Your body can also make antibodies, called “inhibitors,” against Kovaltry, which may stop Kovaltry from working properly. Consult with your healthcare provider to make sure you are carefully monitored with blood tests for the development of inhibitors to Factor VIII.

You should not use Kovaltry if you:

  • are allergic to rodents (like mice and hamsters).
  • are allergic to any ingredients in Kovaltry.

Inform MD

Tell your healthcare provider about all of your medical conditions.

Tell your healthcare provider and pharmacist about all of the medicines you take, including all prescription and nonprescription medicines, such as over-the-counter medicines, supplements, or herbal remedies.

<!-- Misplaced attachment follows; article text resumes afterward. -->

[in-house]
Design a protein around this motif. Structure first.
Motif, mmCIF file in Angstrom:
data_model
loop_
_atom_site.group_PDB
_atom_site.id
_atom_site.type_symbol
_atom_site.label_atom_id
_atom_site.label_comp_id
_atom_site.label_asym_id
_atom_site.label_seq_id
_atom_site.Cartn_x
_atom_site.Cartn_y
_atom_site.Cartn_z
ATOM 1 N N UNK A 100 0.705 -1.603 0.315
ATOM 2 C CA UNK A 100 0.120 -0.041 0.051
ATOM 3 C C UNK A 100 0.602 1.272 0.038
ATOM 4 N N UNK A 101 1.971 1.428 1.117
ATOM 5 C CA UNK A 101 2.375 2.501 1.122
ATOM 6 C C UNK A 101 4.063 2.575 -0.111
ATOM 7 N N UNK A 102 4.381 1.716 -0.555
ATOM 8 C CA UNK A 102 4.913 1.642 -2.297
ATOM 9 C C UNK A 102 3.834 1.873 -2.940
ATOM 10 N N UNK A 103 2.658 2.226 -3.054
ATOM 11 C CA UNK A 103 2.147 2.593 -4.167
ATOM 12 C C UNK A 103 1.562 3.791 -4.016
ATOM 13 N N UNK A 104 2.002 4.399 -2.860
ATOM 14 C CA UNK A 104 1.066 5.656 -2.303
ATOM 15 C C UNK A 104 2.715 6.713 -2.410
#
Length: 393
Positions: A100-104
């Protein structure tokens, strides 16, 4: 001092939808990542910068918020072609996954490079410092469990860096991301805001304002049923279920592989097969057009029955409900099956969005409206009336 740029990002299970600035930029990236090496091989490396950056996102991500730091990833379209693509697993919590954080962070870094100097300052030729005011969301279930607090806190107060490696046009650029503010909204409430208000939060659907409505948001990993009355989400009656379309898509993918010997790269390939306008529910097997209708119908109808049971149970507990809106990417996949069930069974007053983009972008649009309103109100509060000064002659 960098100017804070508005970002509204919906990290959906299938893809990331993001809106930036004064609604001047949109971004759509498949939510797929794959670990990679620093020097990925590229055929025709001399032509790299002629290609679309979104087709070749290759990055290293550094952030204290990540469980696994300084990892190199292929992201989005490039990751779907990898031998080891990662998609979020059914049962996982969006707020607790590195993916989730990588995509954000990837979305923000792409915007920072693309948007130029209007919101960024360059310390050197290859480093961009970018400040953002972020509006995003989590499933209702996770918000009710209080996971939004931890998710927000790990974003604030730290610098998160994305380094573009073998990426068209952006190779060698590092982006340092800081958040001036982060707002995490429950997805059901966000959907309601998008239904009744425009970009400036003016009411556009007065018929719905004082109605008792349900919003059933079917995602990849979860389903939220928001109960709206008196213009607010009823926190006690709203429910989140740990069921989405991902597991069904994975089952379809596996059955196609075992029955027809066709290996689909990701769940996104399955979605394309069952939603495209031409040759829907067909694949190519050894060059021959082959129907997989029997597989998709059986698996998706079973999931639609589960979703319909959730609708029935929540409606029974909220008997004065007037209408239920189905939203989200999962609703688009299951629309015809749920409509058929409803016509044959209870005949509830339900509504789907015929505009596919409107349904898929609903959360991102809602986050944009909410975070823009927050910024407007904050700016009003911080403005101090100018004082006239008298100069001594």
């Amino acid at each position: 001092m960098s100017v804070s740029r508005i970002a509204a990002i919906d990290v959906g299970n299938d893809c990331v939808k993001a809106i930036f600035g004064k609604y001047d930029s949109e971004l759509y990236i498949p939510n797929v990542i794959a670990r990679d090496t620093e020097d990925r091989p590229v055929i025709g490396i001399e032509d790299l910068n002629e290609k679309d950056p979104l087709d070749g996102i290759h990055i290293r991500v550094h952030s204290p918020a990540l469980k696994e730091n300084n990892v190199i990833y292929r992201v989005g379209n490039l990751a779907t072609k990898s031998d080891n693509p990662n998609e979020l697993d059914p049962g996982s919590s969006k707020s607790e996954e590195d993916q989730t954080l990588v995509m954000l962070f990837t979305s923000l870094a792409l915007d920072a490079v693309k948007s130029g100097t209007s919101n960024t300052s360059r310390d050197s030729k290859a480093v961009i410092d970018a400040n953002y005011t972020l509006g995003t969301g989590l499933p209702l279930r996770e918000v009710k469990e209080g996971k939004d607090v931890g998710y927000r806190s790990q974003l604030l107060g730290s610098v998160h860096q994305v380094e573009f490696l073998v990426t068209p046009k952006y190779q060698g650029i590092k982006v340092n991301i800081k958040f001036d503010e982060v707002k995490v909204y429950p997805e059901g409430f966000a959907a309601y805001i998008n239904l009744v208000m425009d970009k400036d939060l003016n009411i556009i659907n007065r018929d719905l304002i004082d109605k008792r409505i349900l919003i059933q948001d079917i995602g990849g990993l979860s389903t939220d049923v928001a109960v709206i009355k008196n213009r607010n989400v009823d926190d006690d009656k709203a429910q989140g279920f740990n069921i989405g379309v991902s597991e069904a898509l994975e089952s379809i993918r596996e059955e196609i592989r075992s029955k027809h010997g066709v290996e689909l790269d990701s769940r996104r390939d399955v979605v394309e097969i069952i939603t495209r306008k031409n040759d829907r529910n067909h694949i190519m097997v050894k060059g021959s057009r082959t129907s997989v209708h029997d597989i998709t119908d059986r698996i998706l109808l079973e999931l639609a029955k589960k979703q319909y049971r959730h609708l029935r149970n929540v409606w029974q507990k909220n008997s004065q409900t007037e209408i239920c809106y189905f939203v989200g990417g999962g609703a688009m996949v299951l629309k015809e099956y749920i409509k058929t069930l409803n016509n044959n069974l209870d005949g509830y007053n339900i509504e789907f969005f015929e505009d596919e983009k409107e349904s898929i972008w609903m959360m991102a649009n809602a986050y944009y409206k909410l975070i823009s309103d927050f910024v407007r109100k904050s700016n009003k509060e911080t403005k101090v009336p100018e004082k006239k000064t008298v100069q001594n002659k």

Tell your healthcare provider if you have been told you have heart disease or are at risk for heart disease.

Tell your healthcare provider if you have been told that you have inhibitors to Factor VIII (because Kovaltry may not work for you).

Kovaltry and Pregnancy

Tell your doctor if you are pregnant or plan to become pregnant.

There is no available data with Kovaltry use in pregnant women. Animal reproduction studies have not been conducted using Kovaltry. It is not known whether Kovaltry can cause fetal harm when administered to a pregnant woman or can affect reproduction capacity. Kovaltry should be given to a pregnant woman only if clearly needed.

Kovaltry and Lactation